Trauma, Addiction, Guns, and Prison Reform

In the state of Tennessee, the solution to crime from our elected officials seems to always be the same. Let’s pass legislation to lock more people up, for longer periods of time, eliminate parole for numerous offenses, reduce programming in the prisons, and keep everyone on lockdown most of the time since there is inadequate staff to manage the correctional facilities.

Instead of reviewing the research on the factors contributing to crime, and seeking evidence-based programs for rehabilitation, we just continue to pursue politically expedient legislation designed to convince the public that something is being done to solve the problem. 

The other solution offered for crime is to relax the already loose gun laws in the state. We have already passed constitutional carry and now we are trying to lower the age to carry a gun from 21 to 18. Legislators also want to change the language from “handgun” to “firearm” which would allow adults and even 18-20 year olds to walk up and down Broadway in Nashville and across the state carrying long guns including the AR-15 and the AK-47. This is in spite of the fact that studies show that the human brain is not fully developed until around the age of 25 and a high percentage of gun crimes occur among younger adults.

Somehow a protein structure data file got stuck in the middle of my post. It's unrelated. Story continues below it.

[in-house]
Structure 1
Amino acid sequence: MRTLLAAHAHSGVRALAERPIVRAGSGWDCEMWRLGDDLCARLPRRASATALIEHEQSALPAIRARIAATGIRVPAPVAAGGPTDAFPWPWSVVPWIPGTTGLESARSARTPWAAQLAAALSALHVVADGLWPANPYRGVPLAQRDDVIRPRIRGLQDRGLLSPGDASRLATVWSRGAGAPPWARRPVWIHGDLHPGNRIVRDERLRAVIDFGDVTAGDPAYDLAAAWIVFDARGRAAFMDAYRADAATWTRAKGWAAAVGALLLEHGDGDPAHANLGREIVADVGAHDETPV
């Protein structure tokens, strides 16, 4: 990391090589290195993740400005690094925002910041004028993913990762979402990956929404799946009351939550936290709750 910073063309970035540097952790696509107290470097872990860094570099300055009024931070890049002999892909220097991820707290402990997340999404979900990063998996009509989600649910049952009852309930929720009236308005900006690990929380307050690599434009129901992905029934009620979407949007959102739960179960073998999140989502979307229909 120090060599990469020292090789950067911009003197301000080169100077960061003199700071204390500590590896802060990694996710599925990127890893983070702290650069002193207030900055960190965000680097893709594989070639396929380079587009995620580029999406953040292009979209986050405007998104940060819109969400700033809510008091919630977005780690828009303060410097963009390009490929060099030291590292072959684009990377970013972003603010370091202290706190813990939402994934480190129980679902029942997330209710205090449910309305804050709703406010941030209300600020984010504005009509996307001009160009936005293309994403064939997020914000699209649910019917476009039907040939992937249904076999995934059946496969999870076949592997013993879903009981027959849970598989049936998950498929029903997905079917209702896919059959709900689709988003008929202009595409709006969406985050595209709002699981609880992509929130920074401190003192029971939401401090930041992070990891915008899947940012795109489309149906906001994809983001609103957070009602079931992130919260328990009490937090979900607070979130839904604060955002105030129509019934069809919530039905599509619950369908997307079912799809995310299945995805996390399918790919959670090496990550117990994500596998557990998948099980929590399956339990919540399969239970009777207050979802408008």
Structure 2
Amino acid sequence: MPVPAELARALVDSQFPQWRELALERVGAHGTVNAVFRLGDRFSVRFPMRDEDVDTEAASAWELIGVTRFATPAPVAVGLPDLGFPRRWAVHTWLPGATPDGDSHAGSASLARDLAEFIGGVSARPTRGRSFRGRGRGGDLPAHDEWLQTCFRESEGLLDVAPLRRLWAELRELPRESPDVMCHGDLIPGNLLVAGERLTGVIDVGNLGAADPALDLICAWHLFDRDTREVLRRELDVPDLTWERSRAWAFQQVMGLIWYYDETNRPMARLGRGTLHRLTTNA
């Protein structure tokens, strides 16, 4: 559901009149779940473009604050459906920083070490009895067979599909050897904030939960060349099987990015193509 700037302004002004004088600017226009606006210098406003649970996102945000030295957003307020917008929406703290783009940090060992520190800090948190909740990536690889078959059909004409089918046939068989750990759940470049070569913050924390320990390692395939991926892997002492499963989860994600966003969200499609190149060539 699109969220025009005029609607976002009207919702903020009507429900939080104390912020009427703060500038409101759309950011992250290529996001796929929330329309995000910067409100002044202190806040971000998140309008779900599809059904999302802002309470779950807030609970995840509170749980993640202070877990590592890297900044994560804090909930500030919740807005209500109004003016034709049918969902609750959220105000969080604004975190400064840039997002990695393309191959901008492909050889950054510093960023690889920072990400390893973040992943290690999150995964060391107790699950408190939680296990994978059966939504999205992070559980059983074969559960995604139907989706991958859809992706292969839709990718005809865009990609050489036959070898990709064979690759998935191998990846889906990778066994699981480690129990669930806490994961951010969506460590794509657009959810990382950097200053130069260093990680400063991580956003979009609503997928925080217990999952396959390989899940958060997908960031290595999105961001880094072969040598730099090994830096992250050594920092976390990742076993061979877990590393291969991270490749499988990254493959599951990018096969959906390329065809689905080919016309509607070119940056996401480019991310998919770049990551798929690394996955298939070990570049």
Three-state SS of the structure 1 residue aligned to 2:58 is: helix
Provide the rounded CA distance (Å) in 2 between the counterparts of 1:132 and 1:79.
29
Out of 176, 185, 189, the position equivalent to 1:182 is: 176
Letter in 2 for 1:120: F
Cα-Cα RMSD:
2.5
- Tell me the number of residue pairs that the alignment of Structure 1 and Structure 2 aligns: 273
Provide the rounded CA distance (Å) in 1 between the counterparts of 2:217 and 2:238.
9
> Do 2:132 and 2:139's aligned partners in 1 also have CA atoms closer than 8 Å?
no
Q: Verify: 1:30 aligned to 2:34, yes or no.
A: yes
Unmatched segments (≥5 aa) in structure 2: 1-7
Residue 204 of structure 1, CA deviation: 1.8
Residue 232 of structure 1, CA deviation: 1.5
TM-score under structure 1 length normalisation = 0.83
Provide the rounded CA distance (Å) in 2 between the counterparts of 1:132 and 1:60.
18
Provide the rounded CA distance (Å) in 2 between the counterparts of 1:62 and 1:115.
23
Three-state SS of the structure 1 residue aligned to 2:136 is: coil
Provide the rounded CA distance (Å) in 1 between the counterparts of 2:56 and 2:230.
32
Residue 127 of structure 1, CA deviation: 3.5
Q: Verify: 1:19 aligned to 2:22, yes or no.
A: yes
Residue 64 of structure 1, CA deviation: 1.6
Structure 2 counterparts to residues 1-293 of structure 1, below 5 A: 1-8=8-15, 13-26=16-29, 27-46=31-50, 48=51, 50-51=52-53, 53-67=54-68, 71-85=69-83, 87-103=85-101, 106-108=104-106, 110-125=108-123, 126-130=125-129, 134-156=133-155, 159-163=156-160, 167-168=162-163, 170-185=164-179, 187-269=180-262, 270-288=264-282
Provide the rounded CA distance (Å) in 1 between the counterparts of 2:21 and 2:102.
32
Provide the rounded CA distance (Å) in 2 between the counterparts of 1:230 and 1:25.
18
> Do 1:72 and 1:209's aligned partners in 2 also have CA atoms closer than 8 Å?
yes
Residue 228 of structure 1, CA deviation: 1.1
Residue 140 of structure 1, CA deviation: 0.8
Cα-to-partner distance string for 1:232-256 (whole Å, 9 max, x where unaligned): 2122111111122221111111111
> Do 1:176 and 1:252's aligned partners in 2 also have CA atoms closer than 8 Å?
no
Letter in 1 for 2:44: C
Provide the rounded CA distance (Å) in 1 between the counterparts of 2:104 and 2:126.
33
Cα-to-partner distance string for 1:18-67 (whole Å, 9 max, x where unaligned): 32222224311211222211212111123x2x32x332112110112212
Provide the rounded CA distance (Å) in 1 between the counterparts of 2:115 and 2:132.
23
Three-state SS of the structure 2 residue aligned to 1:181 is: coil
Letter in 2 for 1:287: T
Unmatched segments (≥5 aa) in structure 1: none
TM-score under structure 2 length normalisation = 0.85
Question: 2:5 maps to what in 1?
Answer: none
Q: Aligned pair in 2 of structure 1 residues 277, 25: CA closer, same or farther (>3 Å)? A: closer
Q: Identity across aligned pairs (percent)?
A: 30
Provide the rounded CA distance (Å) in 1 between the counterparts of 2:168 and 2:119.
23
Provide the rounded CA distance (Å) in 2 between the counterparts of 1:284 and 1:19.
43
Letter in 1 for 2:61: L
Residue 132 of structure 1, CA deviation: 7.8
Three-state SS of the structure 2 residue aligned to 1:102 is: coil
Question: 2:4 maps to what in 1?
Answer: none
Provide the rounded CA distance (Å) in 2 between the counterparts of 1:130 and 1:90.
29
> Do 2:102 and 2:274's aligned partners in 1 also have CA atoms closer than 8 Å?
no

We know that trauma and poverty in childhood is correlated with a higher degree of educational challenges, disruption in the classroom, discipline issues, teenage drug use, and juvenile delinquency. Now, some Tennessee legislators want to give juveniles who commit certain crimes the same sentence as an adult.  

Is there a better way? Absolutely! In fact, in the Scandinavian countries, decisions about crime and rehabilitation are determined by professionals, not politicians seeking reelection. The incarcerated are treated with dignity and offered programs and resources that are essential to being a good citizen upon their return to the community. Our work at TPOM, with both the incarcerated and the programs that we have in place after release, serve as strong evidence that there is a better way. Are our elected officials listening? Sadly, I think I know the answer to this.

Thomas Snow

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